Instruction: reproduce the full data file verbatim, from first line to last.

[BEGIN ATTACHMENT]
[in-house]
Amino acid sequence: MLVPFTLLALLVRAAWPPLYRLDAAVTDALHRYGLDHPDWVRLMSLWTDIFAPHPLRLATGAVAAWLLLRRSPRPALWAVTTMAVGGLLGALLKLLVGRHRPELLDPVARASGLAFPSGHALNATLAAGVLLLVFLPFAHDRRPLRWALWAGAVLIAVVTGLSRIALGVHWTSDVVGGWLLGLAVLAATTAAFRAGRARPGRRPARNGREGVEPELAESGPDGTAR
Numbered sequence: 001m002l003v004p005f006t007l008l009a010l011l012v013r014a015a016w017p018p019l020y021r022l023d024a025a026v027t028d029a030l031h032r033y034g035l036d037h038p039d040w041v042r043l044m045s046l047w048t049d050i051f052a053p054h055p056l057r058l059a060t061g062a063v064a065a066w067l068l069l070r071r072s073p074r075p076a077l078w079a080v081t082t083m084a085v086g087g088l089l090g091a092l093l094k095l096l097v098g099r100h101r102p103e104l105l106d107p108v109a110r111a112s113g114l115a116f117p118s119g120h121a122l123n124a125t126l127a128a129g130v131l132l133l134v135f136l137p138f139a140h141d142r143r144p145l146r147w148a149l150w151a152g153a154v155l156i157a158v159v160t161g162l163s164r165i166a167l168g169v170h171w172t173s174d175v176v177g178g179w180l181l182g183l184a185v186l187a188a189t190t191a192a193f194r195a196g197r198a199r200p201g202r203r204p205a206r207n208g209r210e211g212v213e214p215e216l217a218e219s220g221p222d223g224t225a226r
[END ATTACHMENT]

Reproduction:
[in-house]
Amino acid sequence: MLVPFTLLALLVRAAWPPLYRLDAAVTDALHRYGLDHPDWVRLMSLWTDIFAPHPLRLATGAVAAWLLLRRSPRPALWAVTTMAVGGLLGALLKLLVGRHRPELLDPVARASGLAFPSGHALNATLAAGVLLLVFLPFAHDRRPLRWALWAGAVLIAVVTGLSRIALGVHWTSDVVGGWLLGLAVLAATTAAFRAGRARPGRRPARNGREGVEPELAESGPDGTAR
Numbered sequence: 001m002l003v004p005f006t007l008l009a010l011l012v013r014a015a016w017p018p019l020y021r022l023d024a025a026v027t028d029a030l031h032r033y034g035l036d037h038p039d040w041v042r043l044m045s046l047w048t049d050i051f052a053p054h055p056l057r058l059a060t061g062a063v064a065a066w067l068l069l070r071r072s073p074r075p076a077l078w079a080v081t082t083m084a085v086g087g088l089l090g091a092l093l094k095l096l097v098g099r100h101r102p103e104l105l106d107p108v109a110r111a112s113g114l115a116f117p118s119g120h121a122l123n124a125t126l127a128a129g130v131l132l133l134v135f136l137p138f139a140h141d142r143r144p145l146r147w148a149l150w151a152g153a154v155l156i157a158v159v160t161g162l163s164r165i166a167l168g169v170h171w172t173s174d175v176v177g178g179w180l181l182g183l184a185v186l187a188a189t190t191a192a193f194r195a196g197r198a199r200p201g202r203r204p205a206r207n208g209r210e211g212v213e214p215e216l217a218e219s220g221p222d223g224t225a226r